Be Careful About Using Social Media to Redesign Your Web Site

Yes, AOL's new home page has been getting some flack since it went live. However, Greg Sterling's suggestion that AOL would have been better off getting users to vote and provide feedback on several home page redesigns is not the way to go.

User feedback is, of course, important critical; however, to be useful it must be presented in the right way at the right time.

The Right Way

The right way for users to present feedback is as an expression of needs or problems that the web page must satisfy or solve.

Users should not be asked to come up with solutions (that's the designer's job) and they should not be asked to simply vote on or provide feedback on finished designs.

They simply don't have the information needed or indeed the level of interest to make informed design decisions.

Without understanding a web site's context (business objectives, user goals, technical constraints), it's hard even for professional web designers to critique a web site's design (other than really obvious things).

The Right Time

The best time for gathering user feedback is upfront, where design changes are the quickest and cheapest to implement. Presenting a range of finished designs for users to vote on would be an extremely costly way of gathering feedback.

When you're at the final design stage you really should only be working on a single design — all others having been ruled out through an iterative process of elimination.

In addition, getting users to vote on a range of choices tends to limit them to providing their feedback within the constraints of the options presented, whereas the optimal solution may be something completely different.

When it comes to involving users in design, the mantra is early and often — ideally it's an ongoing conversation. For example, Yahoo! has taken a better approach with the redesign of their My Yahoo! page.

Although I can't comment on the development process overall, rather than presenting users with a finished design and saying "here it is," they've enabled users to try out the new home page (with the option of switching back to the old version) as well as provide feedback via a suggestion board.

This is a much better way to test a design and gather feedback (if a little painful from reading some of the comments).

Posted on: May 1, 2007 | 1 Comment

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1 Comment Posted (Add Yours)

Great writeup, this is the first time I have come across this topic in just about forever.

My experiences with opening design processes to the public have all been disastrous. I once redesigned a hardware review site with an enormous audience, and the owner of this site opened up some of the design to public debate. It was a complete train-wreck! All focus was lost.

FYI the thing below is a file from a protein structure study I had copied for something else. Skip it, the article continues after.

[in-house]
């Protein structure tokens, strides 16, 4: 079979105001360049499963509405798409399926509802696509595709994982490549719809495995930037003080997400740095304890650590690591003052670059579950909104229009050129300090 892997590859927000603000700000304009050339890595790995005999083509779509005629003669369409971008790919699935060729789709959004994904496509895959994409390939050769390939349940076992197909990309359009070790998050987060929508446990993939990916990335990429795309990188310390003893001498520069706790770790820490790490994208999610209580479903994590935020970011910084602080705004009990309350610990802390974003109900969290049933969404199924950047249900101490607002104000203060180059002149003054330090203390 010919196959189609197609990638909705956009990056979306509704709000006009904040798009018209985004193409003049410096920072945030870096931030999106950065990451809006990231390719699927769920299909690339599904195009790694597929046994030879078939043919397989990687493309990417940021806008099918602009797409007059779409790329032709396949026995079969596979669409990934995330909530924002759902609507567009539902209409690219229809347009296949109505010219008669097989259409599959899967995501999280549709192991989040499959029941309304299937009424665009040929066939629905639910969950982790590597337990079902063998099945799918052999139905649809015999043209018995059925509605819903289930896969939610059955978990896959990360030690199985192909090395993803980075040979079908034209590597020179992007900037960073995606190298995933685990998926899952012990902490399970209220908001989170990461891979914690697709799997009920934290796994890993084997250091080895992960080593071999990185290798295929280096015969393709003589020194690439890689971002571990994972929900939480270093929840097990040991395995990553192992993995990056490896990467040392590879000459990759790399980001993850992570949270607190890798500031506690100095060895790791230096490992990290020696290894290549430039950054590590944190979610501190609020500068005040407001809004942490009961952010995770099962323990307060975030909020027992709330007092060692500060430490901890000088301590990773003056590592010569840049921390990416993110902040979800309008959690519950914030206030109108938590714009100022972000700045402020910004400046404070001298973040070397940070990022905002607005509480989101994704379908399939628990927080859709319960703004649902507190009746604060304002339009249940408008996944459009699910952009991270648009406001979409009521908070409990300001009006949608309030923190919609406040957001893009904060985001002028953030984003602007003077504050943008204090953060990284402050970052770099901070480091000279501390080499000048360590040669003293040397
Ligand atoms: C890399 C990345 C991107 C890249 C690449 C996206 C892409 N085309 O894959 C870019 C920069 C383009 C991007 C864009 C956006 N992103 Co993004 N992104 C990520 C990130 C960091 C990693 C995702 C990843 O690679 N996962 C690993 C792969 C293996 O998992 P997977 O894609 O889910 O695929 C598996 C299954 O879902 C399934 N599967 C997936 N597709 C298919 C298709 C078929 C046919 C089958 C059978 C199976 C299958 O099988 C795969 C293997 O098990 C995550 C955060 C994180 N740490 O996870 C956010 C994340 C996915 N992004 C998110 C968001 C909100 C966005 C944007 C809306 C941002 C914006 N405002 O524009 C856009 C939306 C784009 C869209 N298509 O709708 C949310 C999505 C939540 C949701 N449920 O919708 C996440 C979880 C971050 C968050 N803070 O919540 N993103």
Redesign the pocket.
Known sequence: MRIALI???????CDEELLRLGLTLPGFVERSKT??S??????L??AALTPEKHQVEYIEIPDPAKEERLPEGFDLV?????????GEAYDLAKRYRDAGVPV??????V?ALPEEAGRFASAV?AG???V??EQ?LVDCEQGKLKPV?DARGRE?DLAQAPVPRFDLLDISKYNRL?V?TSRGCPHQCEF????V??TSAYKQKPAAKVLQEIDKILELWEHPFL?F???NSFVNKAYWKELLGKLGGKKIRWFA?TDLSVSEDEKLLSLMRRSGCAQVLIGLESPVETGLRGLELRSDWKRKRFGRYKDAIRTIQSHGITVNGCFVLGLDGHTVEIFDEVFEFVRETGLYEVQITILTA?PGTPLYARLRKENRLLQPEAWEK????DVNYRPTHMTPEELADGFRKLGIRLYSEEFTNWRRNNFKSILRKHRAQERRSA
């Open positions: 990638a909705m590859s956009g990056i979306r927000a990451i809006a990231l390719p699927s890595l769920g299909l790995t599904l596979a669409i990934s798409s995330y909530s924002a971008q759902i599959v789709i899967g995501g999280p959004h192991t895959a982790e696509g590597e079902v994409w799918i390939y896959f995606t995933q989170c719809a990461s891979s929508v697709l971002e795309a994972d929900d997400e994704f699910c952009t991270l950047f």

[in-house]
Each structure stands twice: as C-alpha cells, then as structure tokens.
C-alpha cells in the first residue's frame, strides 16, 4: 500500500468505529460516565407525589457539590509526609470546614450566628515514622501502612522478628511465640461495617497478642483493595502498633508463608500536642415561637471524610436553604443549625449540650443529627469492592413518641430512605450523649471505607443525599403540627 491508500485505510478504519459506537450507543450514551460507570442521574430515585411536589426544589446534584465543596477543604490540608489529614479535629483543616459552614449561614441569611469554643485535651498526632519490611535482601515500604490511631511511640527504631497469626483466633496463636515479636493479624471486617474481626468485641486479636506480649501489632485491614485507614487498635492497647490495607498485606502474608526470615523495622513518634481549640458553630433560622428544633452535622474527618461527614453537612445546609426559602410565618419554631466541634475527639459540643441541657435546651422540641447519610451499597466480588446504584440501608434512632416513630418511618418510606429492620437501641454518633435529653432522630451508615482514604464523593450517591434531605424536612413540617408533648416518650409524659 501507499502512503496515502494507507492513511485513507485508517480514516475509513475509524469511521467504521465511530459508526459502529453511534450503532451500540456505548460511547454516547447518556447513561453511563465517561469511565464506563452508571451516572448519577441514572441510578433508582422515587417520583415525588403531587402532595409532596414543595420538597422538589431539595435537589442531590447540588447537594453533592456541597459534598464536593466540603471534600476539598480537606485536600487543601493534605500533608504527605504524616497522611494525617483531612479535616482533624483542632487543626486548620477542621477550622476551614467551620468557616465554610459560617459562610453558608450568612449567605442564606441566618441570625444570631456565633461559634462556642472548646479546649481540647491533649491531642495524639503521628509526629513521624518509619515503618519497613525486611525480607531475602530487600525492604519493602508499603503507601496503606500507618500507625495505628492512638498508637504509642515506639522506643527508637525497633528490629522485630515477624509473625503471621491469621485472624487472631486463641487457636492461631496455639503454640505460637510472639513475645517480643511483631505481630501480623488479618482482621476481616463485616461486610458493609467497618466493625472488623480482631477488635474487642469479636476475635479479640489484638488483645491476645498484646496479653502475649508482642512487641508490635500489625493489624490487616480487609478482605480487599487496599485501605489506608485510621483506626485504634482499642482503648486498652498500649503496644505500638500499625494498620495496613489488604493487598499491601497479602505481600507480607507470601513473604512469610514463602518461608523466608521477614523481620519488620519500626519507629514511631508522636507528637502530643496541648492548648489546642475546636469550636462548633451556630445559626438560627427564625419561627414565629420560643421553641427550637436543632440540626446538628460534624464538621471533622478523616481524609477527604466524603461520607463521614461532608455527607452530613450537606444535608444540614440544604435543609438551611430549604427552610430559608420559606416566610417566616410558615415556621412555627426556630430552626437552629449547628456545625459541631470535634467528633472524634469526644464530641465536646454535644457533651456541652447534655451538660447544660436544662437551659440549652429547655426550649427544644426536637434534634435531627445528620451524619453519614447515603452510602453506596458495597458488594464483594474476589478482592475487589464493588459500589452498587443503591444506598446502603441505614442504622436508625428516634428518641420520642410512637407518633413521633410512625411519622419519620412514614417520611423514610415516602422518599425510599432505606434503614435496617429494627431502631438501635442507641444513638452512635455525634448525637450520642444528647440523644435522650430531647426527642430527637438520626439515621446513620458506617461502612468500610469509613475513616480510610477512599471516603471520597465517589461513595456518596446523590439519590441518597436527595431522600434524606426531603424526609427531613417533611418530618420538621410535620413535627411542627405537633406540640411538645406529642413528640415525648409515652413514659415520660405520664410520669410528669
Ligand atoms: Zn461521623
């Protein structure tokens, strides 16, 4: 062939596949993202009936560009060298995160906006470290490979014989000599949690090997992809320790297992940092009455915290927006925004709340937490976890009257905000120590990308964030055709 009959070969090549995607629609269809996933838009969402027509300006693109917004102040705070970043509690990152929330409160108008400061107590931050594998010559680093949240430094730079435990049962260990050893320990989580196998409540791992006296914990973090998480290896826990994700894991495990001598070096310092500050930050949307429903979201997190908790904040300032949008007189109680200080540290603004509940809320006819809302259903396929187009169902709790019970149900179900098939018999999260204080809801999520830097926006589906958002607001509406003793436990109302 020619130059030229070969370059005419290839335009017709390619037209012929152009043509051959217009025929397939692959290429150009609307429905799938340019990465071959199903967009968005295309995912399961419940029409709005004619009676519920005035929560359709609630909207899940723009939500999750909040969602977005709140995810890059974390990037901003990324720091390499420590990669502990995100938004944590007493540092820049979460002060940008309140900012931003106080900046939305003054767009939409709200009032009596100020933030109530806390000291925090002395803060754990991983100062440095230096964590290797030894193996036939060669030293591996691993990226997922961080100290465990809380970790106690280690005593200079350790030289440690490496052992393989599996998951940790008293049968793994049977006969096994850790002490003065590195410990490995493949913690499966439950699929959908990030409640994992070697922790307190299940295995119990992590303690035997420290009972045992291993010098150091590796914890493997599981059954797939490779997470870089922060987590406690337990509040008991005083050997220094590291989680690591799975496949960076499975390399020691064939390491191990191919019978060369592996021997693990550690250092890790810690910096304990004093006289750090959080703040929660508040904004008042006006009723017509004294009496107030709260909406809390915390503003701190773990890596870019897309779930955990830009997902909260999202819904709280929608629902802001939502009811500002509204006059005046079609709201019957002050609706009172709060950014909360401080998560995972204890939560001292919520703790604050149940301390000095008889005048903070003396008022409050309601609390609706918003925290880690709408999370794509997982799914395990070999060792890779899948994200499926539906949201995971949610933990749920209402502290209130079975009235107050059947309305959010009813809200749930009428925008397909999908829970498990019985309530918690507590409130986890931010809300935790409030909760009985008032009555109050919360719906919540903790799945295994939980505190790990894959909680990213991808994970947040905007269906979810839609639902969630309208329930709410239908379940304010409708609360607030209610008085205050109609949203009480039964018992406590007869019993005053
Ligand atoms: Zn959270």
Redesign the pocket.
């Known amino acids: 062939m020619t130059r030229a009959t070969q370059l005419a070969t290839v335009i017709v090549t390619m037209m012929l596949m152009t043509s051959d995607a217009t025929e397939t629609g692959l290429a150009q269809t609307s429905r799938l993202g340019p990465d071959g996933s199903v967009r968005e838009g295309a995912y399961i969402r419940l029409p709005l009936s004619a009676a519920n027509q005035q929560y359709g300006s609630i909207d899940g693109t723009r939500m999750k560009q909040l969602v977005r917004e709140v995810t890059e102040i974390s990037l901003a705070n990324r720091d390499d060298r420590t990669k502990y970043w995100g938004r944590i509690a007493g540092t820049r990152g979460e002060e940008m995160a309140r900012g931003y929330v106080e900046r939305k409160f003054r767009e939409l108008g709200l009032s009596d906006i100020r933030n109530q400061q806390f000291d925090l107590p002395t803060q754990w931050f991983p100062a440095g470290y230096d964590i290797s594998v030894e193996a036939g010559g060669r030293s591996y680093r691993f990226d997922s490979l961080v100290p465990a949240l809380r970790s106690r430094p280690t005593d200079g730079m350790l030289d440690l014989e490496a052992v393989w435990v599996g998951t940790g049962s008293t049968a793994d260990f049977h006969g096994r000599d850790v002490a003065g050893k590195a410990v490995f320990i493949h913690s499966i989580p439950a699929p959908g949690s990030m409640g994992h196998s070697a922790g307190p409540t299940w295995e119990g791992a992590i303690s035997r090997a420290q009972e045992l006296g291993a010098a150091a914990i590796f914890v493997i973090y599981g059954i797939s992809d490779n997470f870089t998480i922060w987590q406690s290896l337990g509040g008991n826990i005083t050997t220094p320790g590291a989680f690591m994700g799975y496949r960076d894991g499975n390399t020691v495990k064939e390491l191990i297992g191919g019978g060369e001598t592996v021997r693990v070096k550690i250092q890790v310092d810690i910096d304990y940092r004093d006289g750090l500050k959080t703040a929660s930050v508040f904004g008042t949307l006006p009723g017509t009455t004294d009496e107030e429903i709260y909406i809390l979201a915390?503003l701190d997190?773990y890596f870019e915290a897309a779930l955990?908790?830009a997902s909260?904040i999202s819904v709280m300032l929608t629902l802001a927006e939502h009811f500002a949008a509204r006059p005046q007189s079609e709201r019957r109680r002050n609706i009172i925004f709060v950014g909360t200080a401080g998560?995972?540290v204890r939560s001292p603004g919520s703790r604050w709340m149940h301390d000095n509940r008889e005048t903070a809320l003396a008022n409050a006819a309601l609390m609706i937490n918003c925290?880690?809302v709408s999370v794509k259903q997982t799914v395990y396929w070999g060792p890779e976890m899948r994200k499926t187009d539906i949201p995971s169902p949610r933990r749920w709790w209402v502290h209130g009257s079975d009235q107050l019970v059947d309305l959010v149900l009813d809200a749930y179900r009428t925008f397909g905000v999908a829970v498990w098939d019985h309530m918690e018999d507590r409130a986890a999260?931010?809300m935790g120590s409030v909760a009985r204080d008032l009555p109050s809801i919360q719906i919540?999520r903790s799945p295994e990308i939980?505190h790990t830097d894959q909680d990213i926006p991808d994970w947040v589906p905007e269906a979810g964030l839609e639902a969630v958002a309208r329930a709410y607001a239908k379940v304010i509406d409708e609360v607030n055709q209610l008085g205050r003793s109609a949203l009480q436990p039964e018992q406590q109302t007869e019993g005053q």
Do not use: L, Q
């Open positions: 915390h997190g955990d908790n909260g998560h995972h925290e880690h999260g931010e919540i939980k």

I think that for a big company, such as AOL, the best way to understand the visitors' preferences is to have a permanently-opened suggestion page with some stimulating instruments, such are contests.

Instead of voting of home page redesigns, a big company should have enough information about its clients' preferences to be able to act accordingly.

I see only one justification for the voting of home page redesigns: this can be a wise marketing tool by focusing on the upcoming web design changes.

Respiro
http://www.RespiroMedia.com

Ian — agreed. Feedback in general and user feedback in particular has to be managed very carefully in order to be useful.

I always try to think in advance about how I will use the feedback. If it's not clear how it can be incorporated (e.g., if it's too late in the design process) or if the feedback is likely to fall into the 'nice to know' category, then it's probably not worth the time and effort involved to collect it.

I think it's important to be considerate of users' time as well. I wouldn't want them to spend time providing me with feedback if I wasn't going to do something specific with it.

I agree about the part where using a multiple-choice model is excessive. (certainly when you're talking multiple, finished designs)

Still, you can't deny that it's more powerful to take a polling approach, (asking for a choice from a finite group of options) rather than an open-forum approach. Finding the right group of options to present is always the trickiest part. Use with caution, to be sure.

As to "carefully managing" such open-talk feedback, it's important to note that some suggestions will be simply gibberish (especially if you support anonymous feedback) and others may simply be submitted to be abnormal; to throw-off the curve. Sometimes, those can serve as the most inspiring (even anti-inspiring) feedback of them all. Keep a shaker of salt handy, for every bit of feedback requires a grain of it.

Another thing is how the feedback "question" is phrased. What opinion would you, as the web-dev, value the most? The distribution of information on the site, quality/quantity of the main-page items, the ratio of graphics/layout to information, or something else? Make sure that a feedback item on your site is asking for the information you really want. At least that way, you'll know that most of the feedback will be stuff that you need to know.

In any case, if they don't like the new site when you're done, at least you can claim that it's partly their fault as well! ;)

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